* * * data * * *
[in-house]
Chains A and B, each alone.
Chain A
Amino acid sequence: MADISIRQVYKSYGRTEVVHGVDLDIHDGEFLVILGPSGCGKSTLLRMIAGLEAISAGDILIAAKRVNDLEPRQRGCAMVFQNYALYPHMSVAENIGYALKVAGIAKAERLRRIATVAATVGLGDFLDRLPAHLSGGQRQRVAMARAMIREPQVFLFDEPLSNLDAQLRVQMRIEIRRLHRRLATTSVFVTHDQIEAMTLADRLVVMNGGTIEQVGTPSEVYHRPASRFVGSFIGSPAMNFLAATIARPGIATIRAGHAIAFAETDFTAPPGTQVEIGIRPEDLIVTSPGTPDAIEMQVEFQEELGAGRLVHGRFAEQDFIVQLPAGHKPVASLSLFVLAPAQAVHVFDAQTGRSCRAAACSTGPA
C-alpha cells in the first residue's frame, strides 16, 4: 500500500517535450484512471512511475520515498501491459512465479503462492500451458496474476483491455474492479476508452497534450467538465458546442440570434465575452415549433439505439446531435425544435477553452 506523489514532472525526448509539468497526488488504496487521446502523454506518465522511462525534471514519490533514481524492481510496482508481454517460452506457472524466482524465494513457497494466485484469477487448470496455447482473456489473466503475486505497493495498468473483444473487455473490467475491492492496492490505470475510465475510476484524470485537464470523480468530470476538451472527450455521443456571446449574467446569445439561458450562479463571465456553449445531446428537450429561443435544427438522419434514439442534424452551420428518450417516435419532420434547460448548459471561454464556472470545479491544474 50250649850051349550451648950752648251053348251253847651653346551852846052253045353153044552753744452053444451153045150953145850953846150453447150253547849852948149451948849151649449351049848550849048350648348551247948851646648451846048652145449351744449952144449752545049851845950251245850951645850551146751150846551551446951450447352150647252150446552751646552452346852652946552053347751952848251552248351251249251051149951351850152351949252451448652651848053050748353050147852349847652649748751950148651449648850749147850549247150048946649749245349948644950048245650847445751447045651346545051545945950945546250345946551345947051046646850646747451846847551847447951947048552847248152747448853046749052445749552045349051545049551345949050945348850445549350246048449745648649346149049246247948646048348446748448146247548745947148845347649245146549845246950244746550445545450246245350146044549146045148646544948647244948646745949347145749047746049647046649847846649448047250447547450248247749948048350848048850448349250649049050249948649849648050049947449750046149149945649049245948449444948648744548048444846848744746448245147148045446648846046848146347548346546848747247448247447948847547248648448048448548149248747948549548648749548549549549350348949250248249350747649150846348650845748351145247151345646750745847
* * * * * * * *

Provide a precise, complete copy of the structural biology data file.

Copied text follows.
[in-house]
Chains A and B, each alone.
Chain A
Amino acid sequence: MADISIRQVYKSYGRTEVVHGVDLDIHDGEFLVILGPSGCGKSTLLRMIAGLEAISAGDILIAAKRVNDLEPRQRGCAMVFQNYALYPHMSVAENIGYALKVAGIAKAERLRRIATVAATVGLGDFLDRLPAHLSGGQRQRVAMARAMIREPQVFLFDEPLSNLDAQLRVQMRIEIRRLHRRLATTSVFVTHDQIEAMTLADRLVVMNGGTIEQVGTPSEVYHRPASRFVGSFIGSPAMNFLAATIARPGIATIRAGHAIAFAETDFTAPPGTQVEIGIRPEDLIVTSPGTPDAIEMQVEFQEELGAGRLVHGRFAEQDFIVQLPAGHKPVASLSLFVLAPAQAVHVFDAQTGRSCRAAACSTGPA
C-alpha cells in the first residue's frame, strides 16, 4: 500500500517535450484512471512511475520515498501491459512465479503462492500451458496474476483491455474492479476508452497534450467538465458546442440570434465575452415549433439505439446531435425544435477553452 506523489514532472525526448509539468497526488488504496487521446502523454506518465522511462525534471514519490533514481524492481510496482508481454517460452506457472524466482524465494513457497494466485484469477487448470496455447482473456489473466503475486505497493495498468473483444473487455473490467475491492492496492490505470475510465475510476484524470485537464470523480468530470476538451472527450455521443456571446449574467446569445439561458450562479463571465456553449445531446428537450429561443435544427438522419434514439442534424452551420428518450417516435419532420434547460448548459471561454464556472470545479491544474 50250649850051349550451648950752648251053348251253847651653346551852846052253045353153044552753744452053444451153045150953145850953846150453447150253547849852948149451948849151649449351049848550849048350648348551247948851646648451846048652145449351744449952144449752545049851845950251245850951645850551146751150846551551446951450447352150647252150446552751646552452346852652946552053347751952848251552248351251249251051149951351850152351949252451448652651848053050748353050147852349847652649748751950148651449648850749147850549247150048946649749245349948644950048245650847445751447045651346545051545945950945546250345946551345947051046646850646747451846847551847447951947048552847248152747448853046749052445749552045349051545049551345949050945348850445549350246048449745648649346149049246247948646048348446748448146247548745947148845347649245146549845246950244746550445545450246245350146044549146045148646544948647244948646745949347145749047746049647046649847846649448047250447547450248247749948048350848048850448349250649049050249948649849648050049947449750046149149945649049245948449444948648744548048444846848744746448245147148045446648846046848146347548346546848747247448247447948847547248648448048448548149248747948549548648749548549549549350348949250248249350747649150846348650845748351145247151345646750745847